Category: Florida

10
Apr

Florida Payday Loan Law Update SB 920

CS/CS/CS/SB 920 — Florida Deferred Presentment Transactions [Payday Loan Laws]

by Rules Committee; Appropriations Committee; Commerce and Tourism Committee; and Senators Bradley and Braynon

This summary is provided for information only and does not represent the opinion of any Senator, Senate Officer, or Senate Office.

The bill authorizes deferred presentment installment transactions under Florida law. A deferred presentment installment transaction must be fully amortizing and repayable in consecutive installments, which must be as equal as mathematically practicable. The term of a deferred presentment installment transaction may not be less than 60 days or more than 90 days and the time between installment payments must be at least 13 days but not greater than 1 calendar month.

How to Start a Loan BusinessThe maximum face amount of a check taken for a deferred presentment installment transaction may not exceed $1,000, exclusive of fees. The maximum fees that may be charged on a deferred presentment installment transaction are 8 percent of the outstanding transaction balance on a biweekly basis. Fees for a deferred presentment installment transaction are calculated using simple interest. Prepayment penalties are prohibited. The bill retains current law in prohibiting a provider from entering into a deferred presentment transaction with any person who has an outstanding deferred presentment transaction or whose previous transaction has been terminated for less than 24 hours. If a drawer timely informs the provider in writing or in person that they cannot redeem or pay in full in cash the amount due and owing, the provider must provide a grace period for payment of a scheduled installment.

If approved by the Governor, these provisions take effect July 1, 2019.

Vote: Senate 31-5; House 106-9

The Florida Governor signed this Bill 03-21-2018

SB 920

Florida SB 920 Payday Loan Law-04-10-2018

 

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22
Mar

Florida Payday Loan Laws

Great News for Payday Lenders, Personal Loan Lenders, & Signature Loan Lenders in Florida!

The state of Florida is eliminating much of the friction that has existed for payday loan, personal loan and signature loan businesses .

Florida Gov. Rick Scott signed Payday Loan Bill (SB 920) that doubles the current limit on payday loans from from $500 to $1,000 and enables lenders to offer 60-to-90 day loans.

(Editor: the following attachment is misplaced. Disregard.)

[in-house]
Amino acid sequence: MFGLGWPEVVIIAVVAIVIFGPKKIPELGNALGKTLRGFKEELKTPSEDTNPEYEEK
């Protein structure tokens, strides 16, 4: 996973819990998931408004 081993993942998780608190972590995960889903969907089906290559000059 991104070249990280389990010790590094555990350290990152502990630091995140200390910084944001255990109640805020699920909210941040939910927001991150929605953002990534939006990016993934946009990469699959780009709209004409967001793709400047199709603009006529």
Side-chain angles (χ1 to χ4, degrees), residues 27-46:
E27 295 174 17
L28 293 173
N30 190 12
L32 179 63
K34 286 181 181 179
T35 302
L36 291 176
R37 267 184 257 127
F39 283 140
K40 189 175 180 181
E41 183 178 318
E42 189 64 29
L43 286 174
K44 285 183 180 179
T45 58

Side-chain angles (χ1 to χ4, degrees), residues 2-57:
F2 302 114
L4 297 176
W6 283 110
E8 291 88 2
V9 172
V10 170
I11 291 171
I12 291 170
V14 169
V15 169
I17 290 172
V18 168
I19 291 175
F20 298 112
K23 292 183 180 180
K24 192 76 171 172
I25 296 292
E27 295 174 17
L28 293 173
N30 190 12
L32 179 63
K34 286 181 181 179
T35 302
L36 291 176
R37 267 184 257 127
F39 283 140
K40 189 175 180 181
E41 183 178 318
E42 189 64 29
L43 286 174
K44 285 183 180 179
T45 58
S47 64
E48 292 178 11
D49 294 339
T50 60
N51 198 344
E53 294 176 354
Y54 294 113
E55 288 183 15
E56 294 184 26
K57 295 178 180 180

Of course, the so-called “consumer advocates” (for you and me that translates into banks, credit unions, pawn shops… all our competitors) have said the new rules will create a debt trap for poor people. Ah… if only they had a clue!

Existing lenders (Amscot?) have said they needed to change the law because of potential new federal regulations. Supporters contended that payday lenders might have had to shut down without the change.

The bill authorizes deferred presentment installment transactions under Florida law.

A deferred presentment installment transaction must be fully amortizing and repayable in consecutive installments, which must be as equal as mathematically practicable. The term of a deferred presentment installment transaction may not be less than 60 days or more than 90 days and the time between installment payments must be at least 13 days but not greater than 1 calendar month.

REMINDER

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The maximum face amount of a check taken for a deferred presentment installment transaction may not exceed $1,000, exclusive of fees. The maximum fees that may be charged on a deferred presentment installment transaction are 8 percent of the outstanding transaction balance on a biweekly basis.

Fees for a deferred presentment installment transaction are calculated using simple interest. Prepayment penalties are prohibited.

The bill retains current law in prohibiting a provider from entering into a deferred presentment transaction with any person who has an outstanding deferred presentment transaction or whose previous transaction has been terminated for less than 24 hours. If a drawer timely informs the provider in writing or in person that they cannot redeem or pay in full in cash the amount due and owing, the provider must provide a grace period for payment of a scheduled installment.

Effective Date: 7/1/2019

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